Wednesday, February 10, 2016


**This piece was written for the Write On The River annual writer's competition where it received an Honorable Mention for non-fiction writing.**

Her grandmother called it a sin.

  March got her first tattoo when she was twenty-one. A Christmas gift from the Wolf (her lover), it was a modest self-drawn snowflake inked into place by a shaky-handed apprentice to the great Wanda H. of Peoria, Illinois.  They had driven 7 hours along flat, featureless winter roads to fill a weekend with wake-n-bakes, hard music, heavy drinking, long-standing friendship, unspeakable love and some virgin ink. The needle offered a new sensation to her life and her brain felt in tune with the rhythm of its sounds and the heat from its sting. Later, standing in the filthy bathroom with her shirt pulled up over her head, March carefully removed the bandages from her shoulder, examined the art she had acquired and smiled. It was as if someone had opened the door to an invisible cage and allowed her to walk out, free.

  Thinking back, March remembered the first time she had entered this room. Flash Art encased in protective acrylic sleeves filled the walls as her high school girlfriend flipped through the pages of each plastic-bound book of images. It was a neon-filled parlor in a Wisconsin tourist trap of a town. Overweight moms and Harley dads and newly turned eighteen-year-olds exploring their freedom and not much else. She couldn’t even remember the symbol that had finally been chosen since it was meaningless. Art didn’t live here. This was more like a dare. This way, was without love.....

  Her next visit to a parlor happened within the year but, again, it was not she who sat the chair. Standing alongside her enigmatic friend, March watched as the artist tried to make sense of the sinuous space left behind from the scoliosis along Little Bird’s spine. Little Bird had been a gymnast as a child and the rigors of training and poor genetics left her twisted but strong. The final piece followed the center of Little Bird’s back, but not the bones beneath. It was a list of carefully chosen symbols in black and flesh, set with an overly-heavy hand. The art healed dark and scarred and beautiful like Little Bird herself.

  At a party that winter, someone pulled out a home tattooing kit and began working the soft skin inside Kiah’s lower lip. Small stabs of blueish ink began to form out the word that would remain there forever. On the perpetrator’s wrist lived a bolt of lightning and on her partner’s hand a crescent moon.  Eventually, March would watch those two people grow older together, separate, remain friends and finally dissolve into obscurity. But still, the bolt and the moon remained alongside the memory of that night.

  In the spring, March got home late from class and had to ride her bike as fast as the wind to reach the shop in time. He was already in the chair and the work was nearly complete. The Wolf had chosen an ancient script that wrapped gracefully around his muscular calf. The needle began to bounce as it passed over the bone in his shin and he drew in his breath deeply to compensate. The size and scope of the art was larger this time, the session lasting hours. In the end, the Wolf was tired and drawn and shivering with adrenaline. March followed him home and kissed his watery eyes.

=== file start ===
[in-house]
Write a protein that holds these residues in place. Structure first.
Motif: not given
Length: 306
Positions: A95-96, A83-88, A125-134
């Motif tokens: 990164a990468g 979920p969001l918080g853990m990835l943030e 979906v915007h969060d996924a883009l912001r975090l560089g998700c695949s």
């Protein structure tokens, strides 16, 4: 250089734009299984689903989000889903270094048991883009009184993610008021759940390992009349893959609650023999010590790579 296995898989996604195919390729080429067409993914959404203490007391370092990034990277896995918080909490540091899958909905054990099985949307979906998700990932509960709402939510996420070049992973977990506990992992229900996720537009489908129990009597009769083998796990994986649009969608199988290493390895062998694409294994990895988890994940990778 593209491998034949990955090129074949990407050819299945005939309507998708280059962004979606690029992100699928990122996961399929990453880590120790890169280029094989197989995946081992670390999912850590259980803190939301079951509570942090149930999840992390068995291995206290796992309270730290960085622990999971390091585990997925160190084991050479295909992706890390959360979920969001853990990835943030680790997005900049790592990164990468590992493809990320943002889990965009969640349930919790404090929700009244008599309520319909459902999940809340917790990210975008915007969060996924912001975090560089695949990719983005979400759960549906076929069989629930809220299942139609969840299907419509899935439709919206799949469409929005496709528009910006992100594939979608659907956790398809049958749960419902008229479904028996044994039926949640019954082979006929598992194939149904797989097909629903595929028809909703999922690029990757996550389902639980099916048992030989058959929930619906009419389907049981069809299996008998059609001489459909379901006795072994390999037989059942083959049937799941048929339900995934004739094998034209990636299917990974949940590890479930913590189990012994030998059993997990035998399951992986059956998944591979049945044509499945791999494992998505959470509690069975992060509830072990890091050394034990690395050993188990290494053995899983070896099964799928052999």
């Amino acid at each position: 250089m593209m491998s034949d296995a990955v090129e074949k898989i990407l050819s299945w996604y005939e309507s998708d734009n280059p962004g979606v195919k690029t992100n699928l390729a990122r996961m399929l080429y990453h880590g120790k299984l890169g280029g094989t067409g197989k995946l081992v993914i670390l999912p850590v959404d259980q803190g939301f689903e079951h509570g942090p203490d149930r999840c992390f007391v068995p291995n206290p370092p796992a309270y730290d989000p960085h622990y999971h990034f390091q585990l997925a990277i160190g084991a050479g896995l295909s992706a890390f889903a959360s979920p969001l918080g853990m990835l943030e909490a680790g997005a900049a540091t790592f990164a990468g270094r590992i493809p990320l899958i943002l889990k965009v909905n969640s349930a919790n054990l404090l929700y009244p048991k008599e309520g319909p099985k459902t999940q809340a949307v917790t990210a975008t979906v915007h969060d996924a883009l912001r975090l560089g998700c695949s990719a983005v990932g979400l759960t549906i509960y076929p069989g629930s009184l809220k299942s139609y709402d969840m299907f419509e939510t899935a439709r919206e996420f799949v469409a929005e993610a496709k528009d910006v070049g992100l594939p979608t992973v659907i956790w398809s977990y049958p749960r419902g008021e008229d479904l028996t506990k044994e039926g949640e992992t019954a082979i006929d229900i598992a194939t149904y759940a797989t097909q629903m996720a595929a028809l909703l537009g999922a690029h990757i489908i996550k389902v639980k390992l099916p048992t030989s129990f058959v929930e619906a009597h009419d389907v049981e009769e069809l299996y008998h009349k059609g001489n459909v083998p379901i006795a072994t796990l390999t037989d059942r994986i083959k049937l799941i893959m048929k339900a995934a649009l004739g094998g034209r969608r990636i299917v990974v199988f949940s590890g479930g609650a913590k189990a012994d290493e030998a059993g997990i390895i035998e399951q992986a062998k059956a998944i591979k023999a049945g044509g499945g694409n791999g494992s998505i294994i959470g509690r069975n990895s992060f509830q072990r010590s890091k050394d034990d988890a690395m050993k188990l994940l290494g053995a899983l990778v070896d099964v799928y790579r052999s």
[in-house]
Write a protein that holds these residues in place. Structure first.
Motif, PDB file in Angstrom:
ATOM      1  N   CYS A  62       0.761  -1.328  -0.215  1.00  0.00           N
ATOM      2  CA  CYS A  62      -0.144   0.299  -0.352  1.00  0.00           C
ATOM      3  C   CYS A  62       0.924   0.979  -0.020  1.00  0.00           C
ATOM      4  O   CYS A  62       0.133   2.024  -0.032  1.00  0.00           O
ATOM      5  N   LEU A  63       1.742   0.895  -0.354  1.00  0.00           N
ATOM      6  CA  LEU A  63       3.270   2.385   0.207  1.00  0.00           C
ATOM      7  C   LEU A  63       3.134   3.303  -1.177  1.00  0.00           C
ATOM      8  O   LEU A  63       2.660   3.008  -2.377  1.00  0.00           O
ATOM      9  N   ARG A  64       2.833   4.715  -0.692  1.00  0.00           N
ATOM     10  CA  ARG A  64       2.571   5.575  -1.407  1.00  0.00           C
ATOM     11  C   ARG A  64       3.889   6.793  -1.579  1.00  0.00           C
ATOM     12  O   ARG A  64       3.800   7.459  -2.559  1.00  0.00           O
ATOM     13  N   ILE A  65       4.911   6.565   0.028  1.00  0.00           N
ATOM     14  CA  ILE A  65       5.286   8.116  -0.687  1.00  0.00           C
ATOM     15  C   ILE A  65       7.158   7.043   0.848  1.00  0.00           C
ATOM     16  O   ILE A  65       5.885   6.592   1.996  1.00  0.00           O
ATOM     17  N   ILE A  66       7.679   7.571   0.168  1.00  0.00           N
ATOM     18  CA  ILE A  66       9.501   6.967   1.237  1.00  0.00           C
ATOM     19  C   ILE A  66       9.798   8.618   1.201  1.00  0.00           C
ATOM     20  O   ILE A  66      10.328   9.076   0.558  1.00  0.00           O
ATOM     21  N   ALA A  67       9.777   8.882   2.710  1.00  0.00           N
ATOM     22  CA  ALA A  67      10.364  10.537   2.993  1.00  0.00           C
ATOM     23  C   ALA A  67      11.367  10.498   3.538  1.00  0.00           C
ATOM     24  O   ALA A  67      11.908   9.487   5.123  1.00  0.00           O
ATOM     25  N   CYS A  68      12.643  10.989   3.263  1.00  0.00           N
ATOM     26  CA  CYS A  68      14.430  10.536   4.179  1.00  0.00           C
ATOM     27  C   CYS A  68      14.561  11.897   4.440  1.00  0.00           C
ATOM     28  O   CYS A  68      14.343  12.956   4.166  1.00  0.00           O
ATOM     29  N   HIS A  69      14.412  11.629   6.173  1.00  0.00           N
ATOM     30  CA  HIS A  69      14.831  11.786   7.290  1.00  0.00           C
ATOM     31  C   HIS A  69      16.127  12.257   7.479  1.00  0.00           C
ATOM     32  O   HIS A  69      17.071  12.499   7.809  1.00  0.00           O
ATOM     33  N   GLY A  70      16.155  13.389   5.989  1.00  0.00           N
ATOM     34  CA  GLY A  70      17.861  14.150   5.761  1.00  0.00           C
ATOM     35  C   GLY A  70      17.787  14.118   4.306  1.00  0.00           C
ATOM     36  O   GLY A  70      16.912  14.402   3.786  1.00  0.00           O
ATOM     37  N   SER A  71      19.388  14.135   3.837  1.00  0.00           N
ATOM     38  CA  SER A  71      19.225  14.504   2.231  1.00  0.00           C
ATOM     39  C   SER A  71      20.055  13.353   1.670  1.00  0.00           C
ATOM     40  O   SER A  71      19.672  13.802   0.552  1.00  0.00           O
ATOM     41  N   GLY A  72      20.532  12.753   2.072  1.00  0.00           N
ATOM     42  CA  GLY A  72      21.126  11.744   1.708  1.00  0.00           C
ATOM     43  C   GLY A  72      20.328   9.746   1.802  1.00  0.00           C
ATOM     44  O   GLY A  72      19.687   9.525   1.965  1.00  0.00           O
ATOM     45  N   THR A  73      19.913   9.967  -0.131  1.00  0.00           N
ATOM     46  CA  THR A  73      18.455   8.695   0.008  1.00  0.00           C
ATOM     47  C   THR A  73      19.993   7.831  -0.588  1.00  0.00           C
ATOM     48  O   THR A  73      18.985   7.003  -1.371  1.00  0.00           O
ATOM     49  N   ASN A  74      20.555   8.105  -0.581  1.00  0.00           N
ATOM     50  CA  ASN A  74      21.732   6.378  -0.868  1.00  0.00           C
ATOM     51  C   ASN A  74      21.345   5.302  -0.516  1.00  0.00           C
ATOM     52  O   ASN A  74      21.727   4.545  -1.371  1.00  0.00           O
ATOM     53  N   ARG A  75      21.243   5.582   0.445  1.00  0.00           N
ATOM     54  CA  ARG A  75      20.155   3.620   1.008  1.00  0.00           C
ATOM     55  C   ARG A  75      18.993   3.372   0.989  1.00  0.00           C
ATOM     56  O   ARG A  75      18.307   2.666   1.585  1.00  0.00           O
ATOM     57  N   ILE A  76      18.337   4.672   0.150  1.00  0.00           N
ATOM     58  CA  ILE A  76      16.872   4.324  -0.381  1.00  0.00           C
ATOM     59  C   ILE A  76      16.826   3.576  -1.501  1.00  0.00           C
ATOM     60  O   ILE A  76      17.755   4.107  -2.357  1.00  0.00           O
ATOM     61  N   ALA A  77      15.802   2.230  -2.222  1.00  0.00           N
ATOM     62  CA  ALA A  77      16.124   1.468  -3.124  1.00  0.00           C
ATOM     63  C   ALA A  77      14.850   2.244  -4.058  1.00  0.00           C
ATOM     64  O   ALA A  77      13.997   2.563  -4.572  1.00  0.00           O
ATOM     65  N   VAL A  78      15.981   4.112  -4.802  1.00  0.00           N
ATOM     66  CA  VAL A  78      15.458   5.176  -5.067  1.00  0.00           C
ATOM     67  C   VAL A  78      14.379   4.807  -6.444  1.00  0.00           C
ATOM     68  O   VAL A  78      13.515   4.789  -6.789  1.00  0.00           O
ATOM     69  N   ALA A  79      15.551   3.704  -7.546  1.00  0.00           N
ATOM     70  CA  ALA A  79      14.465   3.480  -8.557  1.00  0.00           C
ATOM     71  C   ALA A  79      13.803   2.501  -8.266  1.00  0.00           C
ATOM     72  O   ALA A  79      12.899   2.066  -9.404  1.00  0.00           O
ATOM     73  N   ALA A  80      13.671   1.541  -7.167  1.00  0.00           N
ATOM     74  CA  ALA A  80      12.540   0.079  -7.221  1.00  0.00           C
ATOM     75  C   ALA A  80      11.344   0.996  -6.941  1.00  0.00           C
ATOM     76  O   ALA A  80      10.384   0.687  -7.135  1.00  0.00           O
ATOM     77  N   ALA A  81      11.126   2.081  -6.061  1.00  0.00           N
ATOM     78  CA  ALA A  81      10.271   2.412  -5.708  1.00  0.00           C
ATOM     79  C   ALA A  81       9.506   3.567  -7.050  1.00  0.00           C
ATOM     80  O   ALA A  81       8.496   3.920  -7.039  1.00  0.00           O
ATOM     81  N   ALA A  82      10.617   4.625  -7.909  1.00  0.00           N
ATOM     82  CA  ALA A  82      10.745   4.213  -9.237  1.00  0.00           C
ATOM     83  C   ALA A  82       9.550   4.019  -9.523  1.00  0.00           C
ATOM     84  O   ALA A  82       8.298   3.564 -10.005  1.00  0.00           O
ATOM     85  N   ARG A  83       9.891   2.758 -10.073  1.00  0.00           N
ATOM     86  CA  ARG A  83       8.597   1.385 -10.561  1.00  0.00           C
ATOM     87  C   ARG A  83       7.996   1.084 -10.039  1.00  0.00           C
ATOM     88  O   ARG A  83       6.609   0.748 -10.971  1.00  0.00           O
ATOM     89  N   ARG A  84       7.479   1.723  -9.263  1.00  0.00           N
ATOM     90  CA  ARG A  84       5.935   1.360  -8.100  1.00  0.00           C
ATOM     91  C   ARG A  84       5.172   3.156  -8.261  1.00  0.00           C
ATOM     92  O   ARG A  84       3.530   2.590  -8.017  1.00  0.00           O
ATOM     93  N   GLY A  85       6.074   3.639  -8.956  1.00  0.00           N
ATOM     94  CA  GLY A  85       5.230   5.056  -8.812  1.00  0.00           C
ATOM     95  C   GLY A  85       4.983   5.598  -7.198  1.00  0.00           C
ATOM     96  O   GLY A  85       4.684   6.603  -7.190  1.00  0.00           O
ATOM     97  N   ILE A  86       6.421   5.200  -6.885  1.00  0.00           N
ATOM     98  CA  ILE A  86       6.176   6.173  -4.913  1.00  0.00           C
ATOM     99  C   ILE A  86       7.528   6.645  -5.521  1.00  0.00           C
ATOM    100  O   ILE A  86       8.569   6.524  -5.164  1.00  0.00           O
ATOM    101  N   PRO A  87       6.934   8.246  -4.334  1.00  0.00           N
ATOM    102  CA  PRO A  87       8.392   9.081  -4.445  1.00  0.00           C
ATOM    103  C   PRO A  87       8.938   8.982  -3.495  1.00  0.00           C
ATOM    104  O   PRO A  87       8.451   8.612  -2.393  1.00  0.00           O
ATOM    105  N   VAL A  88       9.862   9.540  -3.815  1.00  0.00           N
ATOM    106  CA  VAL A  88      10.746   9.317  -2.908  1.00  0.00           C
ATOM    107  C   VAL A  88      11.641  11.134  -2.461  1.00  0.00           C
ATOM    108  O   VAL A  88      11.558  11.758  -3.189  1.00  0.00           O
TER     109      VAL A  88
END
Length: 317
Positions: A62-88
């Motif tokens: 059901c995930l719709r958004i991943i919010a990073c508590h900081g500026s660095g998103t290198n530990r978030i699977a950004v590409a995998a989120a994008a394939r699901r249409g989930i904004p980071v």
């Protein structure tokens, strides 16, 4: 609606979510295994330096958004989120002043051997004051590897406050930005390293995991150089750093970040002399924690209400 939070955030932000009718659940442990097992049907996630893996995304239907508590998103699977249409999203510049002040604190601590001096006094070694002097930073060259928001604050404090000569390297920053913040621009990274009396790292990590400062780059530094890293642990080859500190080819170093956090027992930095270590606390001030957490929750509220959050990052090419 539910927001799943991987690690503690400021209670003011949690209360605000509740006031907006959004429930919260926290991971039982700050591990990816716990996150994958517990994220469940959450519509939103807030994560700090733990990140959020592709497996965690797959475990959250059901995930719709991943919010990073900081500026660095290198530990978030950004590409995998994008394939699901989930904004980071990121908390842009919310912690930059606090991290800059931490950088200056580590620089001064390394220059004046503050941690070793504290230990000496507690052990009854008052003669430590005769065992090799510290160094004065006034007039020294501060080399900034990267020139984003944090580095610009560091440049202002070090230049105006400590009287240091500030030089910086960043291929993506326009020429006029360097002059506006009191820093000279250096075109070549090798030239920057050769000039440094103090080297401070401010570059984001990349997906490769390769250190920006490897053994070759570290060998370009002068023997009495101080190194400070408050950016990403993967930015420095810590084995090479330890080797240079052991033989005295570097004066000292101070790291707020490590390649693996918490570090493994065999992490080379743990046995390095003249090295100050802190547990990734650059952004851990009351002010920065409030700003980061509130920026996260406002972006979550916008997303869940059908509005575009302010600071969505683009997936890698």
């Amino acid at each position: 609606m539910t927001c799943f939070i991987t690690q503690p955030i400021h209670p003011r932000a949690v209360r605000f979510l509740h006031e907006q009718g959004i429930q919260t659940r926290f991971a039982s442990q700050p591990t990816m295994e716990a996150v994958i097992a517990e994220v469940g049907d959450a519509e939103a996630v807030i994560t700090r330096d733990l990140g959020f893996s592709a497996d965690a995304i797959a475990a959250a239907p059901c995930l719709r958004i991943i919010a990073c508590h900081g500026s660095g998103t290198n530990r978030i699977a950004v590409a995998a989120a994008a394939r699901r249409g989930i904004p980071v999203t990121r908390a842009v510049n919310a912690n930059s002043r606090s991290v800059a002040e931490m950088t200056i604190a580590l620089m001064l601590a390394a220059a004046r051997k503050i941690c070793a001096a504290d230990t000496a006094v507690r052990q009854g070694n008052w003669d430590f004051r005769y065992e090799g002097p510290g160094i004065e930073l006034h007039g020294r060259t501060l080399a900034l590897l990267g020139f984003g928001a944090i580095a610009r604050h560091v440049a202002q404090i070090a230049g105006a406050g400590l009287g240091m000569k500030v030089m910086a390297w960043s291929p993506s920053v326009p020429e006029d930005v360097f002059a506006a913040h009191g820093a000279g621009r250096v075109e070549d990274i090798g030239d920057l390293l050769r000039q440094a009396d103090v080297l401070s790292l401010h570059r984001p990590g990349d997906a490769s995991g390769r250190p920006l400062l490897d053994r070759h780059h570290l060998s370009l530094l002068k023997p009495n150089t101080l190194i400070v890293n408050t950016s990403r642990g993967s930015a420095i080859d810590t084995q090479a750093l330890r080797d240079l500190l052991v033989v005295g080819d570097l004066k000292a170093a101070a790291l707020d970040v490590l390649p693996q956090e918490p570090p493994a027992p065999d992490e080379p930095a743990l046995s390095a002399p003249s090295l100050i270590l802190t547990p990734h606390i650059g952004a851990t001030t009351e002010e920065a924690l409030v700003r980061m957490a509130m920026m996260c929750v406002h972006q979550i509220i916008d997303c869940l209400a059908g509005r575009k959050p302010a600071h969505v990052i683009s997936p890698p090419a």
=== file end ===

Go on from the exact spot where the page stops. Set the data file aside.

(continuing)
The fall was crisp and golden. Always happy, Cat decided that her time had come and asked if March would sit with her while the ink work was done. Cat’s skin turned red and blotchy beneath the needle and small droplets of blood exuded themselves from the damaged tissue. A cacophony of musical notes spread gracefully across her supple back; a symphony to play on forever….

  And then, nothing. For years, there was nothing. No needles. No Art….at least not for March. She wandered into a small shop at some point during the hot summer and had almost conceded to a meaningless piece of work if only to have some connection again to the transcendence, focus and love that the ink offered. She made an appointment; but never showed up.

  Then quite suddenly and unexpectedly March’s heart was again moved. Captivated, for 10 years she carried a photograph tucked carefully inside the creased and dirty pages of a CrimethInc. novella.  Occasionally, she would pull out the aging paper and wonder if she would ever commit to fulfilling her desires. Once, she thought the image to be lost and nearly panicked; so encircled was her soul around its subtle meanings for her life. A mustang ensnared by a pair of griffins. In the face of certain death the steed remained poised and strong, meeting its fate boldly and without fear.

  It was her 37th birthday. The Wolf had arranged for her to meet Little Bird in a back-alley parlor amidst the chaos and beauty of Capitol Hill. The room had tall tin ceilings and walls the color of new blood. The vertical surfaces were adorned with mounted animal heads (boar and coyote)and the gilded frames of petit paintings in oils and acrylics. The windows were large open panes of glass and as the needle worked, March watched a man walk past dressed in tube socks, underwear and nothing more. Over the course of four hours, the soft skin of her belly became transformed into the gruesomeness of a truth only she could really understand. The wings of each beast spread out toward the bones of her hips with the head of the wild horse dipping gently below her navel. As the ink flowed, March did not cry out. Indeed, she barely moved. Her thoughts remained quiet and her breathing came in long flowing sighs as she explored the calmness of the world inside her mind. After all this time, March had again found peace….. At last.

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